be found among them that have written of saints' lives : and particularly in the tome published by Mosander, page sixty-nine, touching the decease of Bathildis queen of France; and page twenty-five, concerning the departure of Godfry earl of Cappenberg: who is said there to have appeared unto a certain abbess, called Gerbergis, and to have acquainted her, “that" he was now without all delay, and without all danger of any more severe trial, gone unto the palace of the Highest King; and, as the son of the Immortal King, was clothed
e Id. ibid. cap. 12, et 14.
| Id. lib. 4. hist. cap. 23. & Repente ad superna raptus, cujusdam discipuli nobiliter a se apud Glestoniam educati animam, innumera angelorum frequentia hinc inde stipatam, atque immensi luminis fulgore perfusam, ad cæli palatium provehi conspexit. Moxque in manus Divinæ pietatis eam commendans, dominos quoque loci ad commendandum invitat. Osbernus, in vita S. Dunstani. MS. in biblioth. Cottoniana et Bodleiana. Notandum vero, in Jo. Capgravii Legenda (in qua prior narrationis hujus pars ad verbum ex Osberno, ut alia de Dunstano complura, descripta cernitur) posteriorem hanc sententiam omitti penitus : in Eadmero vero (ex quo, non autem ex Osberno vel Osberto, vita Dunstani quæ Mai. 19. apud Surium legitur, est desumpta) ita tantummodo referri. Qui pro tanta gloria fratris ultra quam dici queat exultans, et immensas corde et ore Deo cunctipotenti gratias agens; sociis quid acciderit manifesta voce exposuit, et diem ac horam transitus ejus notari præcepit.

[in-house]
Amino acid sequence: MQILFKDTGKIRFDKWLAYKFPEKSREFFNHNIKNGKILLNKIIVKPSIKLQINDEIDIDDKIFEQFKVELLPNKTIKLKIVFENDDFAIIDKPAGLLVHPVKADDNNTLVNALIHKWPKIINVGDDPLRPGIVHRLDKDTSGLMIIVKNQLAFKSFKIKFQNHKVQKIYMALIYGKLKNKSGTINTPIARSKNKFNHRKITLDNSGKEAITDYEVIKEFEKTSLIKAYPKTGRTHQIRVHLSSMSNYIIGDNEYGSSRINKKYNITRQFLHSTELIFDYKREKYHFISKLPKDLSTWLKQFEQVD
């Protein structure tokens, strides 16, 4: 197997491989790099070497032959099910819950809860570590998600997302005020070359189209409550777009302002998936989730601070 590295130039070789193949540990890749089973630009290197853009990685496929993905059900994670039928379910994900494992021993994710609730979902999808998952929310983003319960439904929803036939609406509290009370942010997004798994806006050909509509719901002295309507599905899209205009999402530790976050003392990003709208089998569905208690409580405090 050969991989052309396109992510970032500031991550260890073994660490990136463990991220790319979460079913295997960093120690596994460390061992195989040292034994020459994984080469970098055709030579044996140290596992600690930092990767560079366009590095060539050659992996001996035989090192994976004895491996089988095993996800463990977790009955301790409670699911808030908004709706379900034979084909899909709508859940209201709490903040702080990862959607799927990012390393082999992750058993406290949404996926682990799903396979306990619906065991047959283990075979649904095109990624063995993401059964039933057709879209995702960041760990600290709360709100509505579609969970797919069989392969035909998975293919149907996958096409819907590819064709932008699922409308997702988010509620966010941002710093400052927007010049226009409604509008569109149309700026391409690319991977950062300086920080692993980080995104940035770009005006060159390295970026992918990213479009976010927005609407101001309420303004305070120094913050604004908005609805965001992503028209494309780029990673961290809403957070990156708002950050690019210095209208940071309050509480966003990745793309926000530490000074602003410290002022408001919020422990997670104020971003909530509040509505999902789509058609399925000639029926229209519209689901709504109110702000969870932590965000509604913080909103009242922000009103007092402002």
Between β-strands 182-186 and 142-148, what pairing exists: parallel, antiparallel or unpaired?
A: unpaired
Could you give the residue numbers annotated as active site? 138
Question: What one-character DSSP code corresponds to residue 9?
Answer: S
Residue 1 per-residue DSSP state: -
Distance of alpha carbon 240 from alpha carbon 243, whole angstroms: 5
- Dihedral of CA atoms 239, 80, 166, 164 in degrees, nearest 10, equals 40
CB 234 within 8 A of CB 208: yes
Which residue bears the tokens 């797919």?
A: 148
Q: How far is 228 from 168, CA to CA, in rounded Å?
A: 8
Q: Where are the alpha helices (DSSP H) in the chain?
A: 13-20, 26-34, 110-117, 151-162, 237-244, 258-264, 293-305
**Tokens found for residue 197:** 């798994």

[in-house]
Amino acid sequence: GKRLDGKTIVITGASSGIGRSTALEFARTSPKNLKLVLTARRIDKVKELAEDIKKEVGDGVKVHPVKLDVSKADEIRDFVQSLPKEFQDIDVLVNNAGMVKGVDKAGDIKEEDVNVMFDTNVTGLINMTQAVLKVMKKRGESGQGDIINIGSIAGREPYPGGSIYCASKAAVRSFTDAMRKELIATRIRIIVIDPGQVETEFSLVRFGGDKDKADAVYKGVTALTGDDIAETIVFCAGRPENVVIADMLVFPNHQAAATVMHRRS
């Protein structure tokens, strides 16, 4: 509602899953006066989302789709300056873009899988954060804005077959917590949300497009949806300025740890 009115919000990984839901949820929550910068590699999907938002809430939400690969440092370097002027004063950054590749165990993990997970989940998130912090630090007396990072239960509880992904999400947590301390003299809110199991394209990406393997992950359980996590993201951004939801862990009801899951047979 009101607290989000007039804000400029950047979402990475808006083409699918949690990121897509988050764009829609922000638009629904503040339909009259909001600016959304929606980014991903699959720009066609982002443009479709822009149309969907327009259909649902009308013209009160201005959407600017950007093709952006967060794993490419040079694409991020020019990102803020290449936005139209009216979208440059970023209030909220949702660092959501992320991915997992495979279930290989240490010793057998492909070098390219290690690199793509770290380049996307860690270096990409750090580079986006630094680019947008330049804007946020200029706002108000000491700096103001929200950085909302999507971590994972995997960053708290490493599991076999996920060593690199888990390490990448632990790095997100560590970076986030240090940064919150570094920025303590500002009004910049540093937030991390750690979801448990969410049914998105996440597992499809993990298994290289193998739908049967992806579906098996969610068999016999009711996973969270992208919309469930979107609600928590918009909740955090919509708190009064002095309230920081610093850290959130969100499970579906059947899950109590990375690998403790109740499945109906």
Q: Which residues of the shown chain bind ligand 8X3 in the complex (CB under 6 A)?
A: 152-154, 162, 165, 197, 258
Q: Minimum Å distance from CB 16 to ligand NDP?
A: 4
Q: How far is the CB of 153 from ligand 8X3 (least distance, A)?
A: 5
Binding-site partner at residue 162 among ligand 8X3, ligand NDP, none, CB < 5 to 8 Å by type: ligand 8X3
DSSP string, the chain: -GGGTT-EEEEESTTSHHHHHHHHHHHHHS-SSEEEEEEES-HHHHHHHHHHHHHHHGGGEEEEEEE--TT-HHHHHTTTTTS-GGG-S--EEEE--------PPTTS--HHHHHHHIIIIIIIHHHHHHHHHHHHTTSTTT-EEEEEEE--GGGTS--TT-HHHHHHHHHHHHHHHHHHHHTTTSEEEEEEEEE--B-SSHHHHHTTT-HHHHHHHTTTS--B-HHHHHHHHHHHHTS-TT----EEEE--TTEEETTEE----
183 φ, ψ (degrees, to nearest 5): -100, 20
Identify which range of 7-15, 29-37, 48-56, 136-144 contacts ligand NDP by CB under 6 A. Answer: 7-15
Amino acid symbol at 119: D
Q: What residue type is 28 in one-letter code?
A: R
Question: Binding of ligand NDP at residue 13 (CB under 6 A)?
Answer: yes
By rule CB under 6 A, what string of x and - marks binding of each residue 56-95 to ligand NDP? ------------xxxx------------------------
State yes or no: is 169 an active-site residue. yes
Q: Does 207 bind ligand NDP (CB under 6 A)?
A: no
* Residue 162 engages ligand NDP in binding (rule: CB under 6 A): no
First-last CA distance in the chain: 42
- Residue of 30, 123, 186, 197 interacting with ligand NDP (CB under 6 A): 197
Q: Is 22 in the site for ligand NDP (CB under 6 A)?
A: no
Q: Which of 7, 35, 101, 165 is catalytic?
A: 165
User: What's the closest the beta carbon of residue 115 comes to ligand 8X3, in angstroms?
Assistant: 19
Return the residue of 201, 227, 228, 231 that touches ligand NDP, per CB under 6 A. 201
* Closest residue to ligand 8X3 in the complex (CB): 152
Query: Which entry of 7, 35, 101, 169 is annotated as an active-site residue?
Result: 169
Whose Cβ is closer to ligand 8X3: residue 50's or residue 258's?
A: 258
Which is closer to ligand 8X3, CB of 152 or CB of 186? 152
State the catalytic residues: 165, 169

h Noveris, ait, me modo sine ulla dilatione, aut ullo severioris examinis periculo, ad Summi Regis palatium commigrasse, atque tanquam Regis Immortalis filium beata immortalitate vestitum. Vit. Godefrid. cap. 13. a Jac. Mosandro edit. Colon. ann. 1581.